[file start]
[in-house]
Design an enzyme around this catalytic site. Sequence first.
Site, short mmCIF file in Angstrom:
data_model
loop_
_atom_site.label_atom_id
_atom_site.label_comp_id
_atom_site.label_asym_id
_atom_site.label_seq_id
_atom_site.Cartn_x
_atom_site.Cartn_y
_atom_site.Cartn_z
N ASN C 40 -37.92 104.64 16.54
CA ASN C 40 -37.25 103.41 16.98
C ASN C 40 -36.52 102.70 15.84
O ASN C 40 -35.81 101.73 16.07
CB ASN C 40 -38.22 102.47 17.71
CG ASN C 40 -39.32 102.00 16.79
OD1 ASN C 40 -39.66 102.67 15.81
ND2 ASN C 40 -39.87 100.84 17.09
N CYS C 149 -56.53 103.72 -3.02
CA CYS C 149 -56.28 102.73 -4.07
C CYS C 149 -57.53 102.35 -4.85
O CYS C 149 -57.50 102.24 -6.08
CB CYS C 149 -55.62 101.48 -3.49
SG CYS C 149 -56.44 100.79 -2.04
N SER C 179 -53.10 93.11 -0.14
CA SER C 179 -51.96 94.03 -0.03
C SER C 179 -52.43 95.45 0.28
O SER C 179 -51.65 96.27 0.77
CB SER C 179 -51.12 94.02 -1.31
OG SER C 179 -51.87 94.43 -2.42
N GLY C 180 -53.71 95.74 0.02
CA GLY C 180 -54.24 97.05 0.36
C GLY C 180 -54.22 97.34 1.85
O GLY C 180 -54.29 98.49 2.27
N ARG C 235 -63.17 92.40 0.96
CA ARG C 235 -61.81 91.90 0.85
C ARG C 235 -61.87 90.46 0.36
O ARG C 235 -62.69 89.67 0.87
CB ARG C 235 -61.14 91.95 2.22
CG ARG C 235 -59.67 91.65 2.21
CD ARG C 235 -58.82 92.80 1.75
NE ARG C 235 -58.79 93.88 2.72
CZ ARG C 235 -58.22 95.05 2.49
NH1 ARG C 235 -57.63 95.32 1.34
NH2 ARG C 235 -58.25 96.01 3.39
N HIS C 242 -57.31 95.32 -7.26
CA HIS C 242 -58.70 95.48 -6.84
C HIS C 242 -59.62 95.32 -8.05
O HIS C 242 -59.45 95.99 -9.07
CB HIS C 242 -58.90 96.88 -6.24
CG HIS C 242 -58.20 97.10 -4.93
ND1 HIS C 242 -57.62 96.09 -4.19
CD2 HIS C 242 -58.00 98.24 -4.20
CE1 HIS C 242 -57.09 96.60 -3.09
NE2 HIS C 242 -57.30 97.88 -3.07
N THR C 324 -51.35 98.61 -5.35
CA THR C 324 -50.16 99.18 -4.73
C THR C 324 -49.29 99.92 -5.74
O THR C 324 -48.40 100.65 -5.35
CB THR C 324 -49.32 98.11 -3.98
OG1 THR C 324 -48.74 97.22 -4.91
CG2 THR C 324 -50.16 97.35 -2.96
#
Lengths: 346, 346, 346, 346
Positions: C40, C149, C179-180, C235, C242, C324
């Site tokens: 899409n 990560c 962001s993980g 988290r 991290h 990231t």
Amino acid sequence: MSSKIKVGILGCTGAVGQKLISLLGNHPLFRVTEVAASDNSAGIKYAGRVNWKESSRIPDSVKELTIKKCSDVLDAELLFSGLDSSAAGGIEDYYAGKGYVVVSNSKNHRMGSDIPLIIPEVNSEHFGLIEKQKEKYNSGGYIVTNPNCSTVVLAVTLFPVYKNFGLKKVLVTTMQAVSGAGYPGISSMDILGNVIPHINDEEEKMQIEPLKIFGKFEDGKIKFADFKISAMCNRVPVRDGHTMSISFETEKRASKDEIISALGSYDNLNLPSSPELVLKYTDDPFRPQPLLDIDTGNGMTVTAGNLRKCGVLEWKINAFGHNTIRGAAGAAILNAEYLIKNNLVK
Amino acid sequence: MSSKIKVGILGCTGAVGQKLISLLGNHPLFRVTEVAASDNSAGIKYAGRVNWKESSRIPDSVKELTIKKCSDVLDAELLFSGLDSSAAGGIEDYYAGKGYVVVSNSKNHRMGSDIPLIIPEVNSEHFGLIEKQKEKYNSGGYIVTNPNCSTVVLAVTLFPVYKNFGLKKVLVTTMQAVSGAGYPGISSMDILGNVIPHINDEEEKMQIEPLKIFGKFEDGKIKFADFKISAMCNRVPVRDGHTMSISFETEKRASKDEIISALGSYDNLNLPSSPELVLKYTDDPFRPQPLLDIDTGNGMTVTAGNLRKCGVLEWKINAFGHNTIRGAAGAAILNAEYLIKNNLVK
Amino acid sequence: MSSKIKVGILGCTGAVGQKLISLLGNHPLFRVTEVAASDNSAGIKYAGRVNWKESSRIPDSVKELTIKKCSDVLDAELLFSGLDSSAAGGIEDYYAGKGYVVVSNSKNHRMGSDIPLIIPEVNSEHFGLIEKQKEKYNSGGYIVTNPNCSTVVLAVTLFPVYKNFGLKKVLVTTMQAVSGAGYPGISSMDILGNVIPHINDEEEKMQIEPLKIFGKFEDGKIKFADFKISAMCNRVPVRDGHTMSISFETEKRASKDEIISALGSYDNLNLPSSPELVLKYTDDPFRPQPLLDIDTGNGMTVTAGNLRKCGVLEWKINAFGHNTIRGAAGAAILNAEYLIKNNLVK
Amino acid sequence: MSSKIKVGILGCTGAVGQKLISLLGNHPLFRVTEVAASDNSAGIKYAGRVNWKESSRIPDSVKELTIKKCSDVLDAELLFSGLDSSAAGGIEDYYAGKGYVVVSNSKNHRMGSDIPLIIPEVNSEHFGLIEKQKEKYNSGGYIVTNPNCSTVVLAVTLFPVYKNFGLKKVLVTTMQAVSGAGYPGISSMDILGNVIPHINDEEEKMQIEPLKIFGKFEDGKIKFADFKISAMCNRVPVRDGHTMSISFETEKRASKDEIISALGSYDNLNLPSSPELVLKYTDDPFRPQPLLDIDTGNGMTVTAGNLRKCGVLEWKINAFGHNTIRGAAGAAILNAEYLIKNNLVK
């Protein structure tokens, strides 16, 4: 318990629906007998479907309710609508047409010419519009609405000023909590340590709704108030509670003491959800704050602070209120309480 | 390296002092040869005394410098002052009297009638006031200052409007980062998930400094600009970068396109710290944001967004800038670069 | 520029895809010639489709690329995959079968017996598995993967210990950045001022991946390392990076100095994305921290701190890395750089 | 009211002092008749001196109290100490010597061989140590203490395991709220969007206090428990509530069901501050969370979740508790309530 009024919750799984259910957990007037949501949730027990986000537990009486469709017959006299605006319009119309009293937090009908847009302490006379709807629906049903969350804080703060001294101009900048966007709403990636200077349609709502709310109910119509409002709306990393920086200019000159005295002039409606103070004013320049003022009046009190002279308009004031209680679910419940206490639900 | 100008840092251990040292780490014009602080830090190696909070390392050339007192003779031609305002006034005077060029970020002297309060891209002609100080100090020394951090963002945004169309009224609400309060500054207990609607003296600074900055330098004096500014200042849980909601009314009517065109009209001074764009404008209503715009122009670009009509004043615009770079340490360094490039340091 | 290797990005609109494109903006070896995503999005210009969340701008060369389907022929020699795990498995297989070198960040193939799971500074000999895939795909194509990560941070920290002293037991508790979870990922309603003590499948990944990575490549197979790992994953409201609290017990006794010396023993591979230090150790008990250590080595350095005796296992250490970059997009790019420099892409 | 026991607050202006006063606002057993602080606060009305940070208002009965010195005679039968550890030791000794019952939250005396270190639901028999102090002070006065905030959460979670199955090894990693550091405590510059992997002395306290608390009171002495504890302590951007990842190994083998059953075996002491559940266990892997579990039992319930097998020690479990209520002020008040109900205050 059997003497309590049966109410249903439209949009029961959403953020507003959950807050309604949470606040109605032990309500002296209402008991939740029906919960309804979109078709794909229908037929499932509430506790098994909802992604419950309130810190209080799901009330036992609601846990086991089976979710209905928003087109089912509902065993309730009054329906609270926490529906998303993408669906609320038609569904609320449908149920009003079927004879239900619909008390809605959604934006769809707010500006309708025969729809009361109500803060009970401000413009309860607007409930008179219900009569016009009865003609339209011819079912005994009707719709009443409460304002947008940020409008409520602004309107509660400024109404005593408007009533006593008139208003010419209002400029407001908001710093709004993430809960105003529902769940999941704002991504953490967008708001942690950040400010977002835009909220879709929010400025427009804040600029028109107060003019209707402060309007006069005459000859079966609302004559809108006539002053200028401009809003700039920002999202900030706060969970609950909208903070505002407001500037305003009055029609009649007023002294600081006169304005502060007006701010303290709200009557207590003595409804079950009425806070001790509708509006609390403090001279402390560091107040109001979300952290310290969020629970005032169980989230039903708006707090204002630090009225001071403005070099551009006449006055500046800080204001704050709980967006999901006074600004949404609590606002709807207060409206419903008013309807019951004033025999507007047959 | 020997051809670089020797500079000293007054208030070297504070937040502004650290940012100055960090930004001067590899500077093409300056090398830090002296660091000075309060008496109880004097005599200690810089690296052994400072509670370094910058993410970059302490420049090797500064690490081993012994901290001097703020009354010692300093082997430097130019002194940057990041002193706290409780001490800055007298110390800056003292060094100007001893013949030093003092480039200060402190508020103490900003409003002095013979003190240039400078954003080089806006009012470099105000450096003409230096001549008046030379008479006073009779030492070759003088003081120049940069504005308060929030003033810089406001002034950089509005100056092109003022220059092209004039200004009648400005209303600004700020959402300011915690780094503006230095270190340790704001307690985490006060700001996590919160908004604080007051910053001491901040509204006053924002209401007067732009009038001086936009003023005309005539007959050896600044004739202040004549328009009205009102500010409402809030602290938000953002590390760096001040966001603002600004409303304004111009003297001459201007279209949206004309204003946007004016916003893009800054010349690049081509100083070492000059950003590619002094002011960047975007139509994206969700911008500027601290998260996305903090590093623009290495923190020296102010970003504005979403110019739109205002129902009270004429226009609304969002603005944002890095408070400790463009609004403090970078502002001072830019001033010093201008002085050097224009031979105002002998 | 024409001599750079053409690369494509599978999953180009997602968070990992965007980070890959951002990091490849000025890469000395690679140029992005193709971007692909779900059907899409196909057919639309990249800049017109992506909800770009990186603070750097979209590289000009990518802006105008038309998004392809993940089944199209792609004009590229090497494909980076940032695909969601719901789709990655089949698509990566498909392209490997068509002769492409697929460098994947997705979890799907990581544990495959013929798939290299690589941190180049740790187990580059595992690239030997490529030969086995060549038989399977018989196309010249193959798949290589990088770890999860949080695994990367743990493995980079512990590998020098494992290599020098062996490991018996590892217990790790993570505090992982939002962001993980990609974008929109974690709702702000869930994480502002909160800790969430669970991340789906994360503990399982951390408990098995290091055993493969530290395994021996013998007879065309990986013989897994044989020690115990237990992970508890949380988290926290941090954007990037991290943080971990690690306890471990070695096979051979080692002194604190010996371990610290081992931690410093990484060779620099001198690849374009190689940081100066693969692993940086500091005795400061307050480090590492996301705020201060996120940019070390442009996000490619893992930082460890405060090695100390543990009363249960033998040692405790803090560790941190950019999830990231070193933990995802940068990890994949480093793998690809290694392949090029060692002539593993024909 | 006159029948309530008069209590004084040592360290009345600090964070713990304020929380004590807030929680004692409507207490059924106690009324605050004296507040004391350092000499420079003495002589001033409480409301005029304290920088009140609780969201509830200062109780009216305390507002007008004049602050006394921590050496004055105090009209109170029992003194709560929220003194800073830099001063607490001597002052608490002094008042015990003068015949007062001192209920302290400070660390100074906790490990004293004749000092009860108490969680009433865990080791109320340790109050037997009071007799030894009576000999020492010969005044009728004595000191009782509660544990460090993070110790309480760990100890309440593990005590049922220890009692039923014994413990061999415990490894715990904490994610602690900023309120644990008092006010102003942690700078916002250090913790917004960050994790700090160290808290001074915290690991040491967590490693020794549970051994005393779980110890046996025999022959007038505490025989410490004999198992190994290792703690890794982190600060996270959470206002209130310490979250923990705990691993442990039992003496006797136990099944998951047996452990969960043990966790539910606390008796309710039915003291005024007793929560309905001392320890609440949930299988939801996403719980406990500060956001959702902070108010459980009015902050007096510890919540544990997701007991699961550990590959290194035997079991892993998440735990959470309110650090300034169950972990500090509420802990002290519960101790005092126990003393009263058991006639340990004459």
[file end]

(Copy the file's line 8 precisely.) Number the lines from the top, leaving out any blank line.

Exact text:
_atom_site.label_asym_id